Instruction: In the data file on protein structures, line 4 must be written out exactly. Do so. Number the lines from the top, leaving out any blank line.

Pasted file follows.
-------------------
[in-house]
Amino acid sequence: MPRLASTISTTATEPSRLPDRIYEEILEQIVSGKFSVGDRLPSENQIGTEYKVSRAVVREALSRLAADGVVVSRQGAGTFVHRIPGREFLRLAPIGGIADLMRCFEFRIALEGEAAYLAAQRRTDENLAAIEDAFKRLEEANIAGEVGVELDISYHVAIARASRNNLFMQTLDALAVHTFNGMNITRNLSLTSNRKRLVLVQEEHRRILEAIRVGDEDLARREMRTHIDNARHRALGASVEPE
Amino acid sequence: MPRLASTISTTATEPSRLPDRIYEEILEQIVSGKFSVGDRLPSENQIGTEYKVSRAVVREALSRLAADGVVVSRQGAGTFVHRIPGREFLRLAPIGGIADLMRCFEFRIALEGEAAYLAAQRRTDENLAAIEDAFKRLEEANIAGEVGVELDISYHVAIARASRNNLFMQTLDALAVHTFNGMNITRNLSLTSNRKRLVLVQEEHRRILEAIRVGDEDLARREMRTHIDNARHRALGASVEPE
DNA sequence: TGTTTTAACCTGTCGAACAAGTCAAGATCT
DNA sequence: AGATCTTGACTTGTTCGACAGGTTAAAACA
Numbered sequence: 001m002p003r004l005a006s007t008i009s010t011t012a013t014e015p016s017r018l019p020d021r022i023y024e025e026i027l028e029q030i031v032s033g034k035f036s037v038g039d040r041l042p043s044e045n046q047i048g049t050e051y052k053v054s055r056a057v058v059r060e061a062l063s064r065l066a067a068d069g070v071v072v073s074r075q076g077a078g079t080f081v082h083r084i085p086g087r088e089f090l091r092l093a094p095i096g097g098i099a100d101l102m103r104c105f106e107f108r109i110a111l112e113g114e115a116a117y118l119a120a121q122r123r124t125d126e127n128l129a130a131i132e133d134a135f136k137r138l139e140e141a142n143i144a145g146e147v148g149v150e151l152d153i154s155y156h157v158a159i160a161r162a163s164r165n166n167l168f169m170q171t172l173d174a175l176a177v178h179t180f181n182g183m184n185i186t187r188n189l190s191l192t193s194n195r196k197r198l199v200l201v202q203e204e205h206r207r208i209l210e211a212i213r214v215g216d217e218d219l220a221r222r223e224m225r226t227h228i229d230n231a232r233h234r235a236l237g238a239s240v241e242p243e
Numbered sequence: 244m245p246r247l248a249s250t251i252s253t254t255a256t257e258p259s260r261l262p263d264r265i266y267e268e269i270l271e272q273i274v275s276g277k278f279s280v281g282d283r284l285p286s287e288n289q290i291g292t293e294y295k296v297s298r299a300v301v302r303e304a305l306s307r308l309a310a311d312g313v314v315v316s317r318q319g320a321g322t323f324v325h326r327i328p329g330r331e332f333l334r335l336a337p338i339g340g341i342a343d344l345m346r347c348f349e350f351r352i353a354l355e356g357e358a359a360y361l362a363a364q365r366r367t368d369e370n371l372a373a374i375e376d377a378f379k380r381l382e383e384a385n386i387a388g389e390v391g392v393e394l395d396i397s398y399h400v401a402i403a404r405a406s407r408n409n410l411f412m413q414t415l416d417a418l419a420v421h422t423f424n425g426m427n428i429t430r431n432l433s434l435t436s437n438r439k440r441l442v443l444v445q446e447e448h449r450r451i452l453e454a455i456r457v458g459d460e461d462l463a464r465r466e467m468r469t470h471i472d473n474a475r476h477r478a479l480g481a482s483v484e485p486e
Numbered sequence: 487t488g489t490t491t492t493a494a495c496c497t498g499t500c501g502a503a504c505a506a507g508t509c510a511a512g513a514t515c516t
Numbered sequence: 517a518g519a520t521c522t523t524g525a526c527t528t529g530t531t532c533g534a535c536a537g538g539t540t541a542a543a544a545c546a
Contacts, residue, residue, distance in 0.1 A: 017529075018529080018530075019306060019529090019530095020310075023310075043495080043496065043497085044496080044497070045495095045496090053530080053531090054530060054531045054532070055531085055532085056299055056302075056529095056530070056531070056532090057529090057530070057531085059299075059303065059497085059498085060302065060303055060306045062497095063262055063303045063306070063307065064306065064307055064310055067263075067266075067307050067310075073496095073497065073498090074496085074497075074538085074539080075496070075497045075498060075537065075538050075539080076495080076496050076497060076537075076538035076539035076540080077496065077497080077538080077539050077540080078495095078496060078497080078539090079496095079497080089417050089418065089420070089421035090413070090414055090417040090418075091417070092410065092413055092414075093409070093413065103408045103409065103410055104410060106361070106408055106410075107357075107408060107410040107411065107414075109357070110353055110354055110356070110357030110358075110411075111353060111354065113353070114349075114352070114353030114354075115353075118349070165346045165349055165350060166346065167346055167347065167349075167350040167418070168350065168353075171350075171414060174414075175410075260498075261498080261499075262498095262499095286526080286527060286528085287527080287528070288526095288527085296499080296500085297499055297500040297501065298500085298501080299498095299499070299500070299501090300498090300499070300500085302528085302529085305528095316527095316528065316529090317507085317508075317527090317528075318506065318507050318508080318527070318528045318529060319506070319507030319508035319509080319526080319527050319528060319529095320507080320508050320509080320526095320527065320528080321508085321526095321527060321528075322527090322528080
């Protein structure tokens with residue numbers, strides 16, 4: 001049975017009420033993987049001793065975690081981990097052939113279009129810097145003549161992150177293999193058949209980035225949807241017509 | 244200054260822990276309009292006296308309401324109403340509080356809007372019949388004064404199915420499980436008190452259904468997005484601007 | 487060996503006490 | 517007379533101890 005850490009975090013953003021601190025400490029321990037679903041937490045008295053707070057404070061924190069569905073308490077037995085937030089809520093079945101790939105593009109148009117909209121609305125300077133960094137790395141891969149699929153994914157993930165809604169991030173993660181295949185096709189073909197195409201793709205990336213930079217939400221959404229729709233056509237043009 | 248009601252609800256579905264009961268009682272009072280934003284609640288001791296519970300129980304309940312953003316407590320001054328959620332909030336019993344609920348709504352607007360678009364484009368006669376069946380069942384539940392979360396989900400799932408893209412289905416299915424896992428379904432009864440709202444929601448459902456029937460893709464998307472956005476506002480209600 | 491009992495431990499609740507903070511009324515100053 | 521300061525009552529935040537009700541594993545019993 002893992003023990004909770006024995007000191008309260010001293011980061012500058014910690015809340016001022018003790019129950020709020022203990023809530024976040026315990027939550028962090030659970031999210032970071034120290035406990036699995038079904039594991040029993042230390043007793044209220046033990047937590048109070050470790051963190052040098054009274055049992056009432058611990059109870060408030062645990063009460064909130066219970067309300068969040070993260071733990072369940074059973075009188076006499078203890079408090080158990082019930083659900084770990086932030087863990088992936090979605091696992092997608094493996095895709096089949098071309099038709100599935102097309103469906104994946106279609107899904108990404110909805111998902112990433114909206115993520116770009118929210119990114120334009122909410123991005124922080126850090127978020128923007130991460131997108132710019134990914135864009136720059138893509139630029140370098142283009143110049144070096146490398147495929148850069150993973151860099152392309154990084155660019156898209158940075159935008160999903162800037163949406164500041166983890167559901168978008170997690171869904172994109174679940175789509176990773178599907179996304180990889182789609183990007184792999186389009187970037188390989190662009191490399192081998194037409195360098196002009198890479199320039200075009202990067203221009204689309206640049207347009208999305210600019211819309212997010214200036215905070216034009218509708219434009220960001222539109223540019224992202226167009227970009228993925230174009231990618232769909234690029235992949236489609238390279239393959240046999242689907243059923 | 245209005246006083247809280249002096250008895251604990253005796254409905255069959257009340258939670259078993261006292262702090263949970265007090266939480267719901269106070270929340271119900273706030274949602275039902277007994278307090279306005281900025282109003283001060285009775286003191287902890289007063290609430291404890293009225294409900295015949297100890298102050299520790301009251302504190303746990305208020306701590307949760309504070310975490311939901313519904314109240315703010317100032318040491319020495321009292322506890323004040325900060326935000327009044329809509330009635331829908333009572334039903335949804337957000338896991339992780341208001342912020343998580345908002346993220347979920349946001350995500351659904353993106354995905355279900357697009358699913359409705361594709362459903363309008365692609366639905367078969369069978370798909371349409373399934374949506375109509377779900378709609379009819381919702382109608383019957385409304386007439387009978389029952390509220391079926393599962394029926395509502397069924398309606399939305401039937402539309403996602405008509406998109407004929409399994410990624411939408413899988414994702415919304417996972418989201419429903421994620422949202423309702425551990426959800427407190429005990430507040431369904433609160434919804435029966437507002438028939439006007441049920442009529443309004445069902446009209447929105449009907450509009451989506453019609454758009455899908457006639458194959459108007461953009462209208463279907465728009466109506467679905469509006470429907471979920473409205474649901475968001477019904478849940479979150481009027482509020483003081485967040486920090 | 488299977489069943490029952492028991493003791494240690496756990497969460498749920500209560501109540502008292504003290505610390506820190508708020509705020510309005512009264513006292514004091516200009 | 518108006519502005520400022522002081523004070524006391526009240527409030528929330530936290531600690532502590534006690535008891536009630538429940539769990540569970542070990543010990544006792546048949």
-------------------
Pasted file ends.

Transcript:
DNA sequence: TGTTTTAACCTGTCGAACAAGTCAAGATCT